By Gilda Geist on July 25, 2019
The RepresentWomen team met with a group of politically engaged women from Indonesia this week. They were visiting the United States as part of the U.S. Department of State’s International Visitor Leadership Program, which connects current and aspiring politicians abroad with their American counterparts. We were happy to sit down with these women to discuss women’s political participation and representation in our respective countries.
The group included Maryanti Hermina Adoe, chairperson of the General Election Commission of East Nusa Tenggara; Titi Anggraini, executive director of Perludem, an advocacy group focused on elections and democracy in Indonesia; Listyowati Iskandar Atmodihardjo, chairperson of Kalyanamitra; Illiza Binti Saaduddin Djamal, Deputy Governor of the province Aceh; Fnu Suharti, board member of the Sakina Foundation, which oversees a group working to end gender-based violence; and Heni Susilawati, founder and executive director of Sekolah Pemilu.
Going into the meeting, we had some background on women’s participation in government in Indonesia from our International Report, which ranks countries in terms of women’s representation based on the proportion of women in the lower legislative house. Indonesia ranks 118th, while the United States ranks 77th. Yet, it is Indonesia, not the United States, that has the types of systems that our research has found to foster women’s representation. They use an open list proportional representation voting system with multi-member districts, and they have a semi-zipped list gender quota, meaning that parties must list one woman for every three legislative candidates they nominate.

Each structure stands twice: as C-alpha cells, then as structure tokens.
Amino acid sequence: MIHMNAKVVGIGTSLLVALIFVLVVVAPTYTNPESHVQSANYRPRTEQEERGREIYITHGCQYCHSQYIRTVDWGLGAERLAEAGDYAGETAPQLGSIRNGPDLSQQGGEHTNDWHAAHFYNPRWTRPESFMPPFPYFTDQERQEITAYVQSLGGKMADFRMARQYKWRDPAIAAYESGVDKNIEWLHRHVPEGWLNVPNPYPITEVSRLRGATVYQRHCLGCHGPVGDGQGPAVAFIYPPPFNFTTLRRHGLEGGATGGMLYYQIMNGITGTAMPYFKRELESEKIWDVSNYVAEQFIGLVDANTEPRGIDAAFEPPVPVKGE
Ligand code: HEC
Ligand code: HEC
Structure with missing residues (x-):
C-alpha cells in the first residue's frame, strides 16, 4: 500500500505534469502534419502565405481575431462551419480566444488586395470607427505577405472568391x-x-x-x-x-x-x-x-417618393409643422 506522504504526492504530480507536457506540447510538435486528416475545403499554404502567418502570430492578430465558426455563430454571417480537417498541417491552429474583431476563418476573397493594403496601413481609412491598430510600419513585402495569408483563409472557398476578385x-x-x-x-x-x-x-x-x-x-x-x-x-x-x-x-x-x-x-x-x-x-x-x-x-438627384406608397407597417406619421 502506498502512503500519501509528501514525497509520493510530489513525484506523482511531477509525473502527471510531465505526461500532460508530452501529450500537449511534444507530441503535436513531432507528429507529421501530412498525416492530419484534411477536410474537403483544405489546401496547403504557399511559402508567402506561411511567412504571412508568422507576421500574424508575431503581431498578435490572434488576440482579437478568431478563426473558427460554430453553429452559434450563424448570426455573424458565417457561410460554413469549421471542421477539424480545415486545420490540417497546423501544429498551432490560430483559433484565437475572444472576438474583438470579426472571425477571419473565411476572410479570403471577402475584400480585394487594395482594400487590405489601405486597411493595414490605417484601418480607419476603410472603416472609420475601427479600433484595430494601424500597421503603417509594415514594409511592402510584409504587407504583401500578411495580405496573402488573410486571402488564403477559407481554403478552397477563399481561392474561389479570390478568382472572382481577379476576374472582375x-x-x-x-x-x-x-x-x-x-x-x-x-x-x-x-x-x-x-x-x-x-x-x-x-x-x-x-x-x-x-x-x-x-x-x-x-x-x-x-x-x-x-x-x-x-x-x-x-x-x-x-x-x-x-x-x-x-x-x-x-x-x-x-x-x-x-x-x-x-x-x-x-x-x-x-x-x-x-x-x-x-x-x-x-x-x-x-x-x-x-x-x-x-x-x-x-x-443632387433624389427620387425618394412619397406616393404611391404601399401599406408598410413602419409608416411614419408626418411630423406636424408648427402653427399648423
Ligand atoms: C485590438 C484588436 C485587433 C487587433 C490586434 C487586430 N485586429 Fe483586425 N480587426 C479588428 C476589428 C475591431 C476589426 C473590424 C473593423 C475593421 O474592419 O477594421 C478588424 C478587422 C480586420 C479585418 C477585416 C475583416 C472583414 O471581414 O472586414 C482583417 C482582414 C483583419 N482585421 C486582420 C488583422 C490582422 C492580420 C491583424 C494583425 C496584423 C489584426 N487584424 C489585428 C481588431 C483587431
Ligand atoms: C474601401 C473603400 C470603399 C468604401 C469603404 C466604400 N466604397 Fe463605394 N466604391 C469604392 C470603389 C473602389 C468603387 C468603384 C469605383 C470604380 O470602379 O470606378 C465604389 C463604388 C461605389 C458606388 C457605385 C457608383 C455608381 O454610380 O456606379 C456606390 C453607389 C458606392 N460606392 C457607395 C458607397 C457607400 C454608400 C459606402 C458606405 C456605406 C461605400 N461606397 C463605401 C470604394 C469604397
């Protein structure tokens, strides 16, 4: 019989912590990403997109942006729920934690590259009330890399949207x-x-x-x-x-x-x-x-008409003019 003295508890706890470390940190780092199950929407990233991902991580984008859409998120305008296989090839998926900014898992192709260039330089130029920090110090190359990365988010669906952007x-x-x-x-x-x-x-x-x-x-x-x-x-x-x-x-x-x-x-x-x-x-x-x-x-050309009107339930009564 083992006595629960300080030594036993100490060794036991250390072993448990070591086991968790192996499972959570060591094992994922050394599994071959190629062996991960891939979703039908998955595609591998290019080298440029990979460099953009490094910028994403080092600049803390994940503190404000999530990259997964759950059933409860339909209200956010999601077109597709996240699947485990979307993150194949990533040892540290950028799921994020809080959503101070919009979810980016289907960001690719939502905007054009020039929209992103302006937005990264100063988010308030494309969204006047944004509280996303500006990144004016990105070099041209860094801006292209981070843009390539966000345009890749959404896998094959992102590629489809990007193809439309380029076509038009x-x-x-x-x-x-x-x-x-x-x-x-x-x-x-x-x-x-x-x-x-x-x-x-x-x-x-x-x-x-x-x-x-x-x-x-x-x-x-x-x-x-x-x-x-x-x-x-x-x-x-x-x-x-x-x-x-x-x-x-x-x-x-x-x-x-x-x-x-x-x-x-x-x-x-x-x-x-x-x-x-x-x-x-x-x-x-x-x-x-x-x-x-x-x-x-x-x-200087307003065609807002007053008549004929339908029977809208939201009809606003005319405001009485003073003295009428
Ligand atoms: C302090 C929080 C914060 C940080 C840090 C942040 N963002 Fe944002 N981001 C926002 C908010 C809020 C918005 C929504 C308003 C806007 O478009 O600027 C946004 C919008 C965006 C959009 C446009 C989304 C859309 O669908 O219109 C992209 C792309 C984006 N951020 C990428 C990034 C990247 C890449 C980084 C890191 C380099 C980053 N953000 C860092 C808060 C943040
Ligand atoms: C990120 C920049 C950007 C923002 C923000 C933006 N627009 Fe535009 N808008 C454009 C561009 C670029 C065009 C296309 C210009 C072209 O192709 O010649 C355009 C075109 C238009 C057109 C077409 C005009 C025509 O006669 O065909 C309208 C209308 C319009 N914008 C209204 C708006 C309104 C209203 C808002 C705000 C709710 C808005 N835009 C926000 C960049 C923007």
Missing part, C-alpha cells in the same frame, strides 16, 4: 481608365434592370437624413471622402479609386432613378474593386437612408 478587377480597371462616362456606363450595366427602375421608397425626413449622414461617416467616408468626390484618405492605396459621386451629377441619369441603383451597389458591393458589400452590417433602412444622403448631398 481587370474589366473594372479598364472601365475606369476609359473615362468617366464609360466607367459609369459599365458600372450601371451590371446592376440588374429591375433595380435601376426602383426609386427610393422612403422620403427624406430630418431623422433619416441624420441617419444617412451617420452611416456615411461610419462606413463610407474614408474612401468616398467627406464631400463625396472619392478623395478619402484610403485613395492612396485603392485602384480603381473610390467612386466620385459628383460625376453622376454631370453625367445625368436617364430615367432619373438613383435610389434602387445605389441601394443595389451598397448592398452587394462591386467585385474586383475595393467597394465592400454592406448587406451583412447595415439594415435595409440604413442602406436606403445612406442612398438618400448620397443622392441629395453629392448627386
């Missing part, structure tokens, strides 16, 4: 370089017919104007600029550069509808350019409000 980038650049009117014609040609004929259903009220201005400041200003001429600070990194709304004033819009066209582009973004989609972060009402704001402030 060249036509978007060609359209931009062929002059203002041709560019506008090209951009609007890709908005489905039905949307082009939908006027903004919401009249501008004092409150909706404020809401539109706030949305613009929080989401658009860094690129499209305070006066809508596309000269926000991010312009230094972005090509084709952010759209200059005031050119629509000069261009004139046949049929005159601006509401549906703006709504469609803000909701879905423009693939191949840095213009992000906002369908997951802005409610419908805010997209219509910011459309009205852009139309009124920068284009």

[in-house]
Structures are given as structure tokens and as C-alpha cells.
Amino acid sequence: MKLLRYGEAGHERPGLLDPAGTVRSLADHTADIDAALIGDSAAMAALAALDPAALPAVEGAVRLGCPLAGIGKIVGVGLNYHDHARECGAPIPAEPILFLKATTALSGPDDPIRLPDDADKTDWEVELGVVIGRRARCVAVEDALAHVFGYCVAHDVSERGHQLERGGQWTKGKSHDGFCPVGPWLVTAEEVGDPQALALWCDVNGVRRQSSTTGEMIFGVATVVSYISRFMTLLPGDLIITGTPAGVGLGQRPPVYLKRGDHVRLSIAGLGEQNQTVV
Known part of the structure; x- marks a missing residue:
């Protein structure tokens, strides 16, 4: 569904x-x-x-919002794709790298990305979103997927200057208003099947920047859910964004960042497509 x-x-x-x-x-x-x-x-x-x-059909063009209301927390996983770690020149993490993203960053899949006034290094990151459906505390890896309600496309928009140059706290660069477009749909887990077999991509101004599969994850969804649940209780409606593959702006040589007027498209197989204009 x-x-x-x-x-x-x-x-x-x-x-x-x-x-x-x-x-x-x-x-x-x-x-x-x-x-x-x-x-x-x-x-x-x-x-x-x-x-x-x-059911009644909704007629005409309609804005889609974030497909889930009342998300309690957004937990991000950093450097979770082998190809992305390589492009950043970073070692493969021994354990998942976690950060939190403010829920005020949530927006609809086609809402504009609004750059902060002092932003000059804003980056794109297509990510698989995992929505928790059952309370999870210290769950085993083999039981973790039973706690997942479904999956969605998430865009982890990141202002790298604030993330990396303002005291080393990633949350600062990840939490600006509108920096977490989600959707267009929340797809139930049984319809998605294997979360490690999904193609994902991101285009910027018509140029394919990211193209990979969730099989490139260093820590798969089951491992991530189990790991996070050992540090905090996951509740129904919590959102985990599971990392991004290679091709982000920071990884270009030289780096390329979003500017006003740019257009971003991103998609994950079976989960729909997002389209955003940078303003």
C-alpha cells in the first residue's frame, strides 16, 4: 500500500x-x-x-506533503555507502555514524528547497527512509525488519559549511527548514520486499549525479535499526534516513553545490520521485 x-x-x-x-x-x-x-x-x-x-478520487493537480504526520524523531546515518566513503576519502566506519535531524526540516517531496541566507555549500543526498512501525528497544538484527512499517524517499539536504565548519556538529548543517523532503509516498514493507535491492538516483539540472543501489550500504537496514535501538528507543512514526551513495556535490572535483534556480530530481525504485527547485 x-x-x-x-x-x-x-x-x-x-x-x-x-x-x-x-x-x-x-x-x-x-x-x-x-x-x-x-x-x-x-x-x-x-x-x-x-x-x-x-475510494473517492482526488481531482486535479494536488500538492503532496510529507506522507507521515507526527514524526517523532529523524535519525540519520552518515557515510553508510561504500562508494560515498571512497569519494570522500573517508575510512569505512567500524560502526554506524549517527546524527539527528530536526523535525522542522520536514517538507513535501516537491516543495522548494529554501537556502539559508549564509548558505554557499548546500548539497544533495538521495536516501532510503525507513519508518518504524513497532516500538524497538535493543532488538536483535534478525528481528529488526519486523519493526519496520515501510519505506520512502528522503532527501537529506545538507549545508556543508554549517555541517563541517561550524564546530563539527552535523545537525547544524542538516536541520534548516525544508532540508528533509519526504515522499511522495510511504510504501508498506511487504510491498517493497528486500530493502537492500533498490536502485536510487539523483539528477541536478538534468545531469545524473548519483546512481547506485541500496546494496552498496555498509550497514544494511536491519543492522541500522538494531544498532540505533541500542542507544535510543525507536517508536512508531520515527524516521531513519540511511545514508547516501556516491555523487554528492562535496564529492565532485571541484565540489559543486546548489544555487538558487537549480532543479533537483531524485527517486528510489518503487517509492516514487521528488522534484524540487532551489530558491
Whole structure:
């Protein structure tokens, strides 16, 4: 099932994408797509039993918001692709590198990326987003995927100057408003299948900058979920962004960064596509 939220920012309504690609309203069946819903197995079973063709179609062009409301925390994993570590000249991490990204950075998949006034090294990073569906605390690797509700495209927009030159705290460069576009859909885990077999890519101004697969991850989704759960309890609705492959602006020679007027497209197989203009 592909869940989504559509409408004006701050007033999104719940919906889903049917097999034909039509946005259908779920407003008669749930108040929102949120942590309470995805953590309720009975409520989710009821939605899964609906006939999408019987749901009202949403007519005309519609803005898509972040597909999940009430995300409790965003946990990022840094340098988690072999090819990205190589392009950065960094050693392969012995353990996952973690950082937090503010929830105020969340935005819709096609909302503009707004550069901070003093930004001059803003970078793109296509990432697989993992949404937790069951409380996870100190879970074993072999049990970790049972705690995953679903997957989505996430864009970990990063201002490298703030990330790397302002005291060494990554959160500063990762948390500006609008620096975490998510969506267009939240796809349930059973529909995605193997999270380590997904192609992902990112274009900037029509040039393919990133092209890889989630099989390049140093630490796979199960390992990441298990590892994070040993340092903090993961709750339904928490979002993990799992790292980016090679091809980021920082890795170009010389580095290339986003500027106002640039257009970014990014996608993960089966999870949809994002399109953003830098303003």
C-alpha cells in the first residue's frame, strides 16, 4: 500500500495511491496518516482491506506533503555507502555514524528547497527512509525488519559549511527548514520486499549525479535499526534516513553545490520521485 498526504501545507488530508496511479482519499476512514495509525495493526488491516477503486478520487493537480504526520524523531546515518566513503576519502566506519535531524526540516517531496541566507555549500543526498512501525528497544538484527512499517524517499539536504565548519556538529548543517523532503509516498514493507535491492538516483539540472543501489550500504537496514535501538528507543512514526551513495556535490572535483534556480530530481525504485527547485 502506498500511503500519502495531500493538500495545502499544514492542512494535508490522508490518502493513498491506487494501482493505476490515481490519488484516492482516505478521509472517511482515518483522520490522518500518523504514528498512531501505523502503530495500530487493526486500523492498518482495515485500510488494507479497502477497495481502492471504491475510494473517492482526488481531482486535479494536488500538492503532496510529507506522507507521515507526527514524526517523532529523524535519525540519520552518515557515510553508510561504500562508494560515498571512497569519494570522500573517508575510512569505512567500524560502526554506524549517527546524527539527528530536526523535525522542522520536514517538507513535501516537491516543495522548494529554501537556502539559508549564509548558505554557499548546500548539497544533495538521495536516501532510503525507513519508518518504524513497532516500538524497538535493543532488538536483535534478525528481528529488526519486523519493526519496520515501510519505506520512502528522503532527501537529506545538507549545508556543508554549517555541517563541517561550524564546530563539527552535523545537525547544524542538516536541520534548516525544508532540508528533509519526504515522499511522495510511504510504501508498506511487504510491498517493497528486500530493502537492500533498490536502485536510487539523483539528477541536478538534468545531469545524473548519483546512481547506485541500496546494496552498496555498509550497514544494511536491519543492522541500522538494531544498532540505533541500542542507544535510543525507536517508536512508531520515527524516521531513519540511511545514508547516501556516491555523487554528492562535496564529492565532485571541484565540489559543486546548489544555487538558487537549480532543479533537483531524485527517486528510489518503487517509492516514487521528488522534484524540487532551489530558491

Even with these forward-thinking electoral practices, the proportion of women in the lower house of Indonesia’s legislature remains at 17.7%. Meanwhile, the percentage of women in the lower house of the United States — with a winner-take-all electoral system, single-member districts, and no gender quota — is nearly six points higher, at 23.6%.
Despite looking good on paper, the group explained to us some of the problems with Indonesia’s electoral system. Anggraini showed us a piece of paper that unfolded to be a ballot as big as a full-sized poster for just one seat. She explained that the ballot was so large because with 16 political parties who were allowed to nominate up to 10 candidates each, there were often over 150 candidates to choose from for a single seat. Anggraini also pointed out that the threshold for winning a seat in the national parliament was only four percent.
A particularly enlightening part of the meeting was when Djamal shared her experience as the first woman mayor of Banda Aceh, the capital of Aceh. She said that as mayor, she worked hard to try to increase women’s political power in the region. Djamal created a women’s consul gathering at the village level, which she worked to connect with the women’s development center at the city level. Her goal was to create a space where women could feel comfortable voicing their political concerns and opinions.
Some of this work was faced with opposition. Critics said that focusing on increasing women’s representation was what she wanted, rather than what her constituents wanted.
Djamal explained that a barrier for women that she saw in her region was that proselytizing groups would say that women’s participation in politics is a sin, which deters women from entering politics. She also said men political candidates would use this idea as a campaign strategy, convincing people that it was wrong to vote for women. Djamal said that hopefully her time as mayor changed people’s views toward women in politics for future elections.
Our further discussions with these women revealed that while neither the United States nor Indonesia is particularly close to achieving gender parity, both countries have empowered, intelligent women hard at work to change that. It was an eye-opening experience for the RepresentWomen team to meet with these women, as we had much to learn from and share with one another.